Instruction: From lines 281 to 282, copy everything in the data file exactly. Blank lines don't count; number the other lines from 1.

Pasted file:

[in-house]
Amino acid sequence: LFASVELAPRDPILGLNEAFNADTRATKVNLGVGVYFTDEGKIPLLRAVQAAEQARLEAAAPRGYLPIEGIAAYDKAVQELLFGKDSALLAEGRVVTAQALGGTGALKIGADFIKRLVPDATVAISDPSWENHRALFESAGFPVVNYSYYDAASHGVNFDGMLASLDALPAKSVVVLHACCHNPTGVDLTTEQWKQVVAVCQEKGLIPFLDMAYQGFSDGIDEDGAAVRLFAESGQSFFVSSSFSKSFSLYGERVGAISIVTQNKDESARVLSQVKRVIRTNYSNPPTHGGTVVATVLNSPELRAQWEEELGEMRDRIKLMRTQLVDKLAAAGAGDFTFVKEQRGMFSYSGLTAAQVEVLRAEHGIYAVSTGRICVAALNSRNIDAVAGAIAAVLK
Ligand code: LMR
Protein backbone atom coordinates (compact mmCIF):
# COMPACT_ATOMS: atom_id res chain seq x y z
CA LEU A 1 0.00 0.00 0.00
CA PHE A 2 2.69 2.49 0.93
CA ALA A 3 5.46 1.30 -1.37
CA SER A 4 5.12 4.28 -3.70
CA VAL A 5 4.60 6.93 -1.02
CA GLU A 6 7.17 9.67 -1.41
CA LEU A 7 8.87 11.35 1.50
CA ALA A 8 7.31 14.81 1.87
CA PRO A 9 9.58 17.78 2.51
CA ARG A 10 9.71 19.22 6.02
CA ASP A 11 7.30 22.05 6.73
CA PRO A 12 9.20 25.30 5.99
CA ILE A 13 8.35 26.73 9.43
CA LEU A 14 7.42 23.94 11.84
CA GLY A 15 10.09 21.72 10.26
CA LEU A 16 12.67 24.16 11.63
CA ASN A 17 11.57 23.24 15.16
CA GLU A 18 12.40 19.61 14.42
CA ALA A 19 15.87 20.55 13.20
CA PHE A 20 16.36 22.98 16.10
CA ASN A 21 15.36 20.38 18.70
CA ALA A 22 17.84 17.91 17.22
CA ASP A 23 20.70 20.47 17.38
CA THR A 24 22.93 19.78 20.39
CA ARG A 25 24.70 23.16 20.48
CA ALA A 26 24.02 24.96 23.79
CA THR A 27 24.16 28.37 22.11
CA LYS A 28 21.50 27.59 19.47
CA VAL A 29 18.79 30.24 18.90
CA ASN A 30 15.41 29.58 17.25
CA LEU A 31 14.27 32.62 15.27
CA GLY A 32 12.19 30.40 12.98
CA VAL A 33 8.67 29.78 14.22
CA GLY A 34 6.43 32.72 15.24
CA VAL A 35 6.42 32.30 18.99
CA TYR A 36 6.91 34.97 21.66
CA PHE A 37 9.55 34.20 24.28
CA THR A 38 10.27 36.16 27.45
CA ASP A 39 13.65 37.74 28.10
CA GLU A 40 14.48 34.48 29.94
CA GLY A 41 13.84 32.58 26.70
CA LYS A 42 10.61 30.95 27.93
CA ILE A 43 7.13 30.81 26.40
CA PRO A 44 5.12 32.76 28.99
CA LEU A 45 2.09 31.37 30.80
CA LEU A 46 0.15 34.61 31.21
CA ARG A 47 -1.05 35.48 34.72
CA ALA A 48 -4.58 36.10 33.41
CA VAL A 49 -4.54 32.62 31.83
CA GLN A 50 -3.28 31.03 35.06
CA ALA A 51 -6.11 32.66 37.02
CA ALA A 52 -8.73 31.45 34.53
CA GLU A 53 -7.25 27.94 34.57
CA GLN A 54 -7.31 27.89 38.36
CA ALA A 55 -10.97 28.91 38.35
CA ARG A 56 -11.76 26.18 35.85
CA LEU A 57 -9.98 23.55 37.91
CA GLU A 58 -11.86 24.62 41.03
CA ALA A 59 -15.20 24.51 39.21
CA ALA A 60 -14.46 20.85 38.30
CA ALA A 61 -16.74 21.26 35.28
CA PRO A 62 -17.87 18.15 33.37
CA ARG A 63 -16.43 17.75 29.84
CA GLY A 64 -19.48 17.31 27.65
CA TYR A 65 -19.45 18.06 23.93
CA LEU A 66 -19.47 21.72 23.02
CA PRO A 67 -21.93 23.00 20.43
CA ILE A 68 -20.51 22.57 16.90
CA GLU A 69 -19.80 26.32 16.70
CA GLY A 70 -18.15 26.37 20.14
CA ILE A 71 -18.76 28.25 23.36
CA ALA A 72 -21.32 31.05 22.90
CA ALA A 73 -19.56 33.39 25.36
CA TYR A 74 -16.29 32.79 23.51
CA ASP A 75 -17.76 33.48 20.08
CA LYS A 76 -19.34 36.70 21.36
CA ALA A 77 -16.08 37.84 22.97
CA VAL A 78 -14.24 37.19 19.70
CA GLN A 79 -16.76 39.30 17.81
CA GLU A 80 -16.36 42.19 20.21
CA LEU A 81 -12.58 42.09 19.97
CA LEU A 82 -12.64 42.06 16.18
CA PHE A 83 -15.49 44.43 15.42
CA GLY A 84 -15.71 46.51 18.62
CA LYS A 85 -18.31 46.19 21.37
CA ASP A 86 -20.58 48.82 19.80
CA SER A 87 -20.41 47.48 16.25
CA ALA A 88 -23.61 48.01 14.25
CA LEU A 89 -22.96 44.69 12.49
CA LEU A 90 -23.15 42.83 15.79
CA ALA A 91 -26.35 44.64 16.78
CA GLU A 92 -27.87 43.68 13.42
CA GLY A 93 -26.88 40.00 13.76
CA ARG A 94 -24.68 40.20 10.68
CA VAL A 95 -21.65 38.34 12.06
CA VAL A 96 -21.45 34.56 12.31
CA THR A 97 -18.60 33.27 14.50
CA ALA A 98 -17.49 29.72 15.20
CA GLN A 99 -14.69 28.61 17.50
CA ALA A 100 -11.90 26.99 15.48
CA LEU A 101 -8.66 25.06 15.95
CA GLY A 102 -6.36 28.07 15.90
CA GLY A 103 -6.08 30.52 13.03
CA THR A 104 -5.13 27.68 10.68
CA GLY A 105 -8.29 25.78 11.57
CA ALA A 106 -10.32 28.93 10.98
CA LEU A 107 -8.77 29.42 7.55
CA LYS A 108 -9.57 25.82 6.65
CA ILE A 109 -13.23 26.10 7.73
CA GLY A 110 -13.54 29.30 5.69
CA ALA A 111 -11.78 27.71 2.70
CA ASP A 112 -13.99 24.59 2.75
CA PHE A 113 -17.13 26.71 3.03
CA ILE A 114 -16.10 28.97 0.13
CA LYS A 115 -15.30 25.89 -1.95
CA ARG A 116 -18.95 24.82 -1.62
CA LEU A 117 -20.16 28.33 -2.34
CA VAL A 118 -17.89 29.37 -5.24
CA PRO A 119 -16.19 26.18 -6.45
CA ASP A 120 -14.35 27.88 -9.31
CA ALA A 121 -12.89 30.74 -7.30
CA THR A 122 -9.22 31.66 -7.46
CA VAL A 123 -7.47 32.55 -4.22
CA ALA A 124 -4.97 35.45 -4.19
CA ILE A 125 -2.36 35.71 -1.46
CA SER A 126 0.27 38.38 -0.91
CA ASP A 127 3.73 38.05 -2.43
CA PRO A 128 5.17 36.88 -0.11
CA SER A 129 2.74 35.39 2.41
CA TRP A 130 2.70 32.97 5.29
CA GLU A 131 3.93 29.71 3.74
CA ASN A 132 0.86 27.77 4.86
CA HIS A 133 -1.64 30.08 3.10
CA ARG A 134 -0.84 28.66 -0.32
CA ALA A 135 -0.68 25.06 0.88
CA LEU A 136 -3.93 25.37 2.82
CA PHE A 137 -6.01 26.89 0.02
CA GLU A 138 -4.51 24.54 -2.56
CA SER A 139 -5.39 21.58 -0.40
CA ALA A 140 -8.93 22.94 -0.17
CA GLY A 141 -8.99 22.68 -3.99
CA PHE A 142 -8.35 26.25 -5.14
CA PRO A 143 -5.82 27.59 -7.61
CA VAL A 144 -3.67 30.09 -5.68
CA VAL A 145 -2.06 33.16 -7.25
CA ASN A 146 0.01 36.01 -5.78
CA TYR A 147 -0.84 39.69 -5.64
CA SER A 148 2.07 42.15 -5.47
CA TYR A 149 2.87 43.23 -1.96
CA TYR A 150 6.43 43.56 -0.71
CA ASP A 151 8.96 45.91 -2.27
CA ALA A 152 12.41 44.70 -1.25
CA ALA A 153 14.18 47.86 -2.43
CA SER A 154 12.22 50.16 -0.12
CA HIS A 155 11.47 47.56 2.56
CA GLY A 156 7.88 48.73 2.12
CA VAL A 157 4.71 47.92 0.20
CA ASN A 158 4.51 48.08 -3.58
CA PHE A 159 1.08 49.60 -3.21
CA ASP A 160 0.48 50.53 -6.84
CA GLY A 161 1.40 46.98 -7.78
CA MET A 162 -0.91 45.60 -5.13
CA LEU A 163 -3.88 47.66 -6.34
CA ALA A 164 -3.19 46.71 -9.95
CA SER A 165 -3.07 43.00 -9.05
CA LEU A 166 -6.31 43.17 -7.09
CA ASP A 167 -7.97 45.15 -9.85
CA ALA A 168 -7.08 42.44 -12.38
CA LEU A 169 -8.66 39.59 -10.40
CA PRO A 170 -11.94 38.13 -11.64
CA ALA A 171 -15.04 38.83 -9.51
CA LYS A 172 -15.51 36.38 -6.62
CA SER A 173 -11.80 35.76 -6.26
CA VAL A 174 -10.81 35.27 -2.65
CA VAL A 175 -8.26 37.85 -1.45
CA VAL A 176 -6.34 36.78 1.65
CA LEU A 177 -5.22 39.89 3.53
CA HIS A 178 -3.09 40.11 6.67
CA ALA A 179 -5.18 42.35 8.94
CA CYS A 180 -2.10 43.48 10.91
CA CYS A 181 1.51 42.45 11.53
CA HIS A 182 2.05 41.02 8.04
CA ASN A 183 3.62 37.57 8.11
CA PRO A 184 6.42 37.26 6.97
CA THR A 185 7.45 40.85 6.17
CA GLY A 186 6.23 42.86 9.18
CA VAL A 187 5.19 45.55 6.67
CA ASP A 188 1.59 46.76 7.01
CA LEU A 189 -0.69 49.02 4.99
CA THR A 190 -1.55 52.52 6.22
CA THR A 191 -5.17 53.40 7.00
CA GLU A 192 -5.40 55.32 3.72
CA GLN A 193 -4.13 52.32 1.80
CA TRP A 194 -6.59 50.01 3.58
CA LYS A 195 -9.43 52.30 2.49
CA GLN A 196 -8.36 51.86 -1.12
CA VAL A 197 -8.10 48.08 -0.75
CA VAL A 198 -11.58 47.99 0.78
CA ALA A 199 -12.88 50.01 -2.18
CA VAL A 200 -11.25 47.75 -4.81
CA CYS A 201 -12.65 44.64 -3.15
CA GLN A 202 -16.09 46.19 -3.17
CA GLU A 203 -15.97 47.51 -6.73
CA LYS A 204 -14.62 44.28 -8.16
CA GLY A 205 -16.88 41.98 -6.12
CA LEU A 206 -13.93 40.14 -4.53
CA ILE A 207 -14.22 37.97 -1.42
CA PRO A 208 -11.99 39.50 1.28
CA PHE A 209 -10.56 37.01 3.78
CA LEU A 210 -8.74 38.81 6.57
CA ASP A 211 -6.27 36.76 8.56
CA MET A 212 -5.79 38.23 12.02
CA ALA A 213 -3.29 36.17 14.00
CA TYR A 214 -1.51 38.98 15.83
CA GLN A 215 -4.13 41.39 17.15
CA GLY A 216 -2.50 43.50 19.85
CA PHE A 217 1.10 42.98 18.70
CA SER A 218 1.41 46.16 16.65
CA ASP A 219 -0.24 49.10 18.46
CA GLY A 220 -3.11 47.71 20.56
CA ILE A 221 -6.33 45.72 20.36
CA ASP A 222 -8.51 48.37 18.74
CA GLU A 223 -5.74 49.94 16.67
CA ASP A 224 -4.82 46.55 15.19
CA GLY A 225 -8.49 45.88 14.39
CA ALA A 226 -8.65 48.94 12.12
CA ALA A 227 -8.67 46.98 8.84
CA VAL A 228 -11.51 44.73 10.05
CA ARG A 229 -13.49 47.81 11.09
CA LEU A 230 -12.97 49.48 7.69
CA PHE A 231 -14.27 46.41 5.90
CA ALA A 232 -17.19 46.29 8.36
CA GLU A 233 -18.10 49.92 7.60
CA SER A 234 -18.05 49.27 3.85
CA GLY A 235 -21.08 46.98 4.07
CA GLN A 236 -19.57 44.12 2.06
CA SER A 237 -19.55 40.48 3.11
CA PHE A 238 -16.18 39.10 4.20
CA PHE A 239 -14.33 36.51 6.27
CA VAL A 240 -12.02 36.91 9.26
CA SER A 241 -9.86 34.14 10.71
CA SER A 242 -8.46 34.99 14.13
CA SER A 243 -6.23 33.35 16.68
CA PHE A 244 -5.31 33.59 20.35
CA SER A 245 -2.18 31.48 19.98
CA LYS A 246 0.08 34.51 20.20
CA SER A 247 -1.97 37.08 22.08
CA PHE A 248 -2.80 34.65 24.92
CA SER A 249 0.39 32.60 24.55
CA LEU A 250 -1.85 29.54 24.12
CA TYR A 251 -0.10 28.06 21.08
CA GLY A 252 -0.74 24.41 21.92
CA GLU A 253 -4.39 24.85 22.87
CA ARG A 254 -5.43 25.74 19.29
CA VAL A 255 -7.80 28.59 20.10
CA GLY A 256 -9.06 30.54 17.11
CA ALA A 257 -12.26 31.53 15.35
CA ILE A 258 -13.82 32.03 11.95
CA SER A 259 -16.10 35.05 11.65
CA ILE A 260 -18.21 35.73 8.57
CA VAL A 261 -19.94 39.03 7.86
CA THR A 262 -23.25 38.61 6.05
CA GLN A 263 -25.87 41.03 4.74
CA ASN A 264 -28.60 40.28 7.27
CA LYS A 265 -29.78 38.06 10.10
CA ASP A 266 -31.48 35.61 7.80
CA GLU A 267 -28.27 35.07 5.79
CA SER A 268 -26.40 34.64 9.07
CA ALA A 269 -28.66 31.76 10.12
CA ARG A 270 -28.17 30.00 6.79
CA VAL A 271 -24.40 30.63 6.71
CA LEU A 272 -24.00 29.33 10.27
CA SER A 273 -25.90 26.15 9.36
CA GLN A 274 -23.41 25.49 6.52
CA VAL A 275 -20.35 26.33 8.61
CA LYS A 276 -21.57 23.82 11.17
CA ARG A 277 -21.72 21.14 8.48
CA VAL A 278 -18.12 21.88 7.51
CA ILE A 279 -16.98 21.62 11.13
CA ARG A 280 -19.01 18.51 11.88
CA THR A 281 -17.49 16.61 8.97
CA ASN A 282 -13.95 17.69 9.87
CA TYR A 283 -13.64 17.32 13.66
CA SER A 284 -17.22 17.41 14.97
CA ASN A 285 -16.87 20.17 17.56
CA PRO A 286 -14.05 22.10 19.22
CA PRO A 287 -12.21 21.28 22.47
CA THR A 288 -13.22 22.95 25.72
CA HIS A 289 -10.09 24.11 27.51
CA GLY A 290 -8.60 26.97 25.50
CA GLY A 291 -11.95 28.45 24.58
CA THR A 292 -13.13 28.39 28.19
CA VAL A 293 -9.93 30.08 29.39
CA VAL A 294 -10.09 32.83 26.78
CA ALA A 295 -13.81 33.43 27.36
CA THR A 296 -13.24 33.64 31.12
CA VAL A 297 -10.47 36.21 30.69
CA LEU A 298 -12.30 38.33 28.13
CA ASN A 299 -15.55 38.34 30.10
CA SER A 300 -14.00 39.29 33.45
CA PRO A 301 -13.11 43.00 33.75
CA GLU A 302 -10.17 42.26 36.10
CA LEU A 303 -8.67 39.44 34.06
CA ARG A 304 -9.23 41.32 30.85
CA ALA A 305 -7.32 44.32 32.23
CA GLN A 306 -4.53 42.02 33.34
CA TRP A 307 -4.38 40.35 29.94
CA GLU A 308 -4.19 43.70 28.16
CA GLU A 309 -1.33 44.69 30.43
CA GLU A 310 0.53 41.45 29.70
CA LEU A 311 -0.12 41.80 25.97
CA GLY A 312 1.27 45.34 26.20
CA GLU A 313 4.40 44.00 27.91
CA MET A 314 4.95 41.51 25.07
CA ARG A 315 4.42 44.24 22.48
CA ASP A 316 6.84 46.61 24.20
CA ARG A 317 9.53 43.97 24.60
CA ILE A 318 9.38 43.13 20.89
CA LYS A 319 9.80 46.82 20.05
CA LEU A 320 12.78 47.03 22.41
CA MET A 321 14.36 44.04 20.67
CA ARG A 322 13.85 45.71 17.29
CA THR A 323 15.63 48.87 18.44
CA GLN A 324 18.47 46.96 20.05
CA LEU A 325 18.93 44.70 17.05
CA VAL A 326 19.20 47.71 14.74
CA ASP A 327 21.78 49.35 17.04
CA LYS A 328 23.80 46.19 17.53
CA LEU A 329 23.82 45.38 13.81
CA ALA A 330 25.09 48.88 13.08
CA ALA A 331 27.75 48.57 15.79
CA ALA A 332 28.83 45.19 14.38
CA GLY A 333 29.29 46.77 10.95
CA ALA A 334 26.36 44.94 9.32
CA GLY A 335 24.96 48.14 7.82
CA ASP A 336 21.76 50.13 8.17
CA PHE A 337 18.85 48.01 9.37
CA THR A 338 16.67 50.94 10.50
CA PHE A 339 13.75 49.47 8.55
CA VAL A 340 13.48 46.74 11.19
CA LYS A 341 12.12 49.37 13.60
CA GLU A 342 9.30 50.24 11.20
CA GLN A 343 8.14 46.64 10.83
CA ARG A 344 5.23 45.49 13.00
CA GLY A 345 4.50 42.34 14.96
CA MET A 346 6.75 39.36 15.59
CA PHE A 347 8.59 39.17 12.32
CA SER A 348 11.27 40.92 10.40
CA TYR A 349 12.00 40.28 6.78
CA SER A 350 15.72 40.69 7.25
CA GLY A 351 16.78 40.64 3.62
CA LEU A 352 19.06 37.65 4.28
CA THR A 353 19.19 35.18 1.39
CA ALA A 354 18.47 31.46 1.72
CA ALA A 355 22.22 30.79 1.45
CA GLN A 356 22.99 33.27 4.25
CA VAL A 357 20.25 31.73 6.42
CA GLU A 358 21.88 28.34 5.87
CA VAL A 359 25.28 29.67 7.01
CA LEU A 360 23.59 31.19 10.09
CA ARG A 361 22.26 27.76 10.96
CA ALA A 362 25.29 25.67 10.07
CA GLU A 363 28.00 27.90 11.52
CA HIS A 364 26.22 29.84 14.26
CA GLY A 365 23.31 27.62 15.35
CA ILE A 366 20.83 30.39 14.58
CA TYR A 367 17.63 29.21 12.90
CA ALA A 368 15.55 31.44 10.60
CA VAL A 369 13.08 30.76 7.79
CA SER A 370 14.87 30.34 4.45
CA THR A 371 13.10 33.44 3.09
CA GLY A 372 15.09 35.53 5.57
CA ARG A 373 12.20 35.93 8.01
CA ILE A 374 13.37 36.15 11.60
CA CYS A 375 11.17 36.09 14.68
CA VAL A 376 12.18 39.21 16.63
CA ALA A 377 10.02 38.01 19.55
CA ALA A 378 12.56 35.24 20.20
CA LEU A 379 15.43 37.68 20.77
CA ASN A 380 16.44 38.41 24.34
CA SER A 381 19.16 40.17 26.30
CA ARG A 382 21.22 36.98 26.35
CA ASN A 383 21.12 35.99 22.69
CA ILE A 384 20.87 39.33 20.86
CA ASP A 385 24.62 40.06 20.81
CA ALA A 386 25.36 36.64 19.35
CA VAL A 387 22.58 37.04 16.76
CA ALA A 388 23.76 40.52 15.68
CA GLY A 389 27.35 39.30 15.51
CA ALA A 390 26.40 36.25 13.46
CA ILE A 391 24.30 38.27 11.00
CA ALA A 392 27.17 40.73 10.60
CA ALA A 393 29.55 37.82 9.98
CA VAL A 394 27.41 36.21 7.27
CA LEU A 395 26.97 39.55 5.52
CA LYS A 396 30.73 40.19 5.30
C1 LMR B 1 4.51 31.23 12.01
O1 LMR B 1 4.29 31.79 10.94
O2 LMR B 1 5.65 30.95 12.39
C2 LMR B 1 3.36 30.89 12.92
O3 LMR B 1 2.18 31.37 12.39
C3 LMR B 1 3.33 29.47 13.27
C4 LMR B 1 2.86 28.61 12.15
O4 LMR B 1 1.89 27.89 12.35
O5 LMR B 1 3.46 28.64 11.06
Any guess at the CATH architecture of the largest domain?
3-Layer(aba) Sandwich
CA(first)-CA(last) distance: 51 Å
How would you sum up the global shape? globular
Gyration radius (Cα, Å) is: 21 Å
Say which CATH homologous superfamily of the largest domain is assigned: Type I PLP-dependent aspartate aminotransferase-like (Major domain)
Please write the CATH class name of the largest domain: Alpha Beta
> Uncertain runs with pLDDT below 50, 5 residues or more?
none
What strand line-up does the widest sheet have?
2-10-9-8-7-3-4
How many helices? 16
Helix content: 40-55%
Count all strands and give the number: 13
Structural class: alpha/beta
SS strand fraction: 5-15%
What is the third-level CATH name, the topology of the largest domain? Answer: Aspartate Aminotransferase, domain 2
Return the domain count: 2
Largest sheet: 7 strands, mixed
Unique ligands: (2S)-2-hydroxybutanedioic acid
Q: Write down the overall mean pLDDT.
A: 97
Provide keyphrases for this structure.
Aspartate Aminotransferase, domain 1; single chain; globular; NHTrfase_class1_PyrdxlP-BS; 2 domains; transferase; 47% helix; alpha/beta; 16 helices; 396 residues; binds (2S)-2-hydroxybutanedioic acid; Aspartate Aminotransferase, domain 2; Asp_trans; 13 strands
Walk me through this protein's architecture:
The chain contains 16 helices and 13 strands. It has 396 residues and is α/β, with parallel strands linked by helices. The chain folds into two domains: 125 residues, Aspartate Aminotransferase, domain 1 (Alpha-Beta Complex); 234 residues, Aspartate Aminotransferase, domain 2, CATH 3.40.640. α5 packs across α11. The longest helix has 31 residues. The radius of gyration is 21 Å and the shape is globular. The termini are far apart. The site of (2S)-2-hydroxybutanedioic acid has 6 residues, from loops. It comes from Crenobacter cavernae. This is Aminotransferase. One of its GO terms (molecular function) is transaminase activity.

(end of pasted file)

CA LYS A 276 -21.57 23.82 11.17
CA ARG A 277 -21.72 21.14 8.48